Gabriel Laderman, Painter of Figurative Art, Dies at 81

March 18, 2011

Gabriel Laderman, Painter of Figurative Art, Dies at 81

By WILLIAM GRIMES

March 16, 2011

Gabriel Laderman, a painter and critic who played a leading role in the revival of figurative art in the 1960s and 1970s, died on Thursday in Manhattan. He was 81.

The cause was cancer, his son Raphael said.

Mr. Laderman made the argument for the continued vitality of figurative work as a vehicle for poetic expression both in his paintings, which embraced landscape, still life and, late in his career, narrative painting with human figures, and in a stream of critical articles in the major art publications.

In “Unconventional Realists,” published in Art Forum in 1971, he turned the spotlight on a group of painters, largely ignored by the critical establishment, that included Sidney Tillim, Philip Pearlstein, Jack Beal, Leland Bell and William Bailey, with whom he made common cause.

Like these artists, loosely grouped under the banner of New Realism, Mr. Laderman was looking for new ways to make figurative art speak in a contemporary voice, despite the dominance of Pop Art, Minimalism and Conceptualism.

Beginning in the early 1960s, Mr. Laderman explored the traditional language of landscape, producing cool, analytic, closely observed street scenes of several cities. He later moved on to still life. In the 1980s, in perhaps the most interesting phase of his career, he turned to violent crime, sex and death as source material for mysterious narrative paintings, several of them based on the crime novels of Georges Simenon.

Gabriel Laderman (pronounced LADDER-man) was born on Dec. 26, 1929, in Brooklyn.

He took his first steps as an artist in 1949 by doing the exercises in Paul Klee’s “Pedagogical Sketchbook,” a manual developed at the Bauhaus. The following summer he studied with Hans Hofmann in Provincetown, Mass.

Like virtually every serious painter at the time, he started out under the potent influence of Abstract Expressionism and set out to be an abstract painter, encouraged and advised by Willem De Kooning, whom he befriended in Provincetown.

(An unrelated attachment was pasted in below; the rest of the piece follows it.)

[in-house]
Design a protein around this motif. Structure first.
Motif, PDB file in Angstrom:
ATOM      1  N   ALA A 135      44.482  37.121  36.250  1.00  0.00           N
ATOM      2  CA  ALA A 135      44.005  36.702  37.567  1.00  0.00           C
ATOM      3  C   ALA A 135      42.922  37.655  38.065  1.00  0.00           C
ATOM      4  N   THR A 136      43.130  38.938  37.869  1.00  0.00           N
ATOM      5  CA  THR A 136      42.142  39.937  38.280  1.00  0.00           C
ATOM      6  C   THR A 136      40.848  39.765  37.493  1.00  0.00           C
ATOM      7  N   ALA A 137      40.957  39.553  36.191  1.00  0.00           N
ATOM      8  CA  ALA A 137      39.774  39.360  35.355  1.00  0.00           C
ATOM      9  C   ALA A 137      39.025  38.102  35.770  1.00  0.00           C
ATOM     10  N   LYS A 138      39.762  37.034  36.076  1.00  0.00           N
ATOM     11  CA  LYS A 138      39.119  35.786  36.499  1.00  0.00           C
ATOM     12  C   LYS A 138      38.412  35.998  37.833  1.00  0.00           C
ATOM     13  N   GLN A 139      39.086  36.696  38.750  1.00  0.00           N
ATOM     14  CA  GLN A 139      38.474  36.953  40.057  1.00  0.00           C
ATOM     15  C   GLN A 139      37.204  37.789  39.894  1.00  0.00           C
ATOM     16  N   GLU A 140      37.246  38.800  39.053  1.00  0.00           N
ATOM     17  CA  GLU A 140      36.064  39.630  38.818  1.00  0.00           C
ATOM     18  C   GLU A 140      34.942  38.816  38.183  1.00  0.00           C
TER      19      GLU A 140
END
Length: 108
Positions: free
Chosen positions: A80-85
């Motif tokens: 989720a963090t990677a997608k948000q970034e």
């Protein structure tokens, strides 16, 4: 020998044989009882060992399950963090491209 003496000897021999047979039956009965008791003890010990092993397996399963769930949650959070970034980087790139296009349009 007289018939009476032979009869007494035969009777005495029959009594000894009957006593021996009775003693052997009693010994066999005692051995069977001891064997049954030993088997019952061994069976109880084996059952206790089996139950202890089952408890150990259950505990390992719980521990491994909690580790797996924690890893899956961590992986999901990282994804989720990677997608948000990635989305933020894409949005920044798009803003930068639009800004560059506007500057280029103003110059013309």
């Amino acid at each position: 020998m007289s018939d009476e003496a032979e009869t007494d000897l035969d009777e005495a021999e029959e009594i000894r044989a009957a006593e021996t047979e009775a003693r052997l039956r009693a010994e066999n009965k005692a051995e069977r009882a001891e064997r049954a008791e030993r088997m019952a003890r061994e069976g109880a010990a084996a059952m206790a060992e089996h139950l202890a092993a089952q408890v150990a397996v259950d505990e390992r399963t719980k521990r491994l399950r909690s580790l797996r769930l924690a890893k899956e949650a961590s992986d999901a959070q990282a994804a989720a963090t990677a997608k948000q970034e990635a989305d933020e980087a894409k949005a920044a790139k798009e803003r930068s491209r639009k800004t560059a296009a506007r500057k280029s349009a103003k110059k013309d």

He enrolled in Brooklyn College, where he studied with Ad Reinhardt, Mark Rothko and Alfred Leslie, among others. The school was, he later said, “a hotbed of abstract painting radicalism,” with an emphasis on discovering new pictorial ideas, drawn from unlikely sources, that would generate fresh work.

After graduating from Brooklyn College in 1952, he studied Asian art and 14th-century Italian art for a year at the Institute of Fine Arts at New York University before serving in the Army. In 1957 he earned a master’s degree in fine arts from Cornell.

His artistic conversion took place while he studied in Italy on a Fulbright scholarship in the early 1960s. After seeing the work of artists like Signorelli and Mantegna, he wrote in “Unconventional Realists,” he began “searching for believable representation rather than the different brand of abstract manipulation I was involved in before.”

He had exhibited engravings and intaglios at Tanager, one of the earliest of the cooperative galleries on 10th Street in Manhattan, but in 1962 he began showing at the Schoelkopf Gallery, which represented him until the death of its owner, Robert Schoelkopf, in 1991. Thereafter he showed at the Tatistcheff Gallery.

John Canaday, reviewing a show of his cityscapes for The New York Times in 1964, noted their dry, dispassionate stillness, adding that “if a section of a city could be taken like a spray of leaves or a blossom and pressed and dried between the pages of a book, it would come out like these paintings — with most of the color and all of the juice gone, but with a new clarity in the flattened version of a pattern originally supplied by life.”

Mr. Laderman soon began turning to still life painting, depicting bottles, vases and jars in a cool, crystalline manner.

In the mid-1980s, he embarked on a new body of work that plumbed the mysterious territory of sex, death and the psychodrama of the family. In his ambiguous tableaus, rendered in a visual style reminiscent of de Chirico or Balthus, with a wild palette of acidic oranges and yellows, horrible events have just taken place, or seem about to happen.

In the three-canvas work “Murder and Its Consequences,” a clothed man argues with a nude woman, then strangles her on a bed. In the third canvas, she is gone and he lies in deathlike repose, eyes closed and hands clasped over his belt.

In his ambitious “Dance of Death and Life,” a murder mystery told in six panels, the action unfolds in the rooms of a cutaway dollhouse, where somnambulistic figures dream or sleepwalk as a life is taken.

Mr. Laderman taught at Pratt Institute and, for many years, at Queens College.

In addition to his son Raphael, of San Francisco, he is survived by another son, Michael, of Manhattan, and a brother, Ezra, of New Haven. His wife, Carol, an anthropologist, died in 2010.

A retrospective exhibition, “Gabriel Laderman: Unconventional Realist,” traveled to four university museums and the New York Academy of Art in 2008 and 2009.

Originally published by The New York Times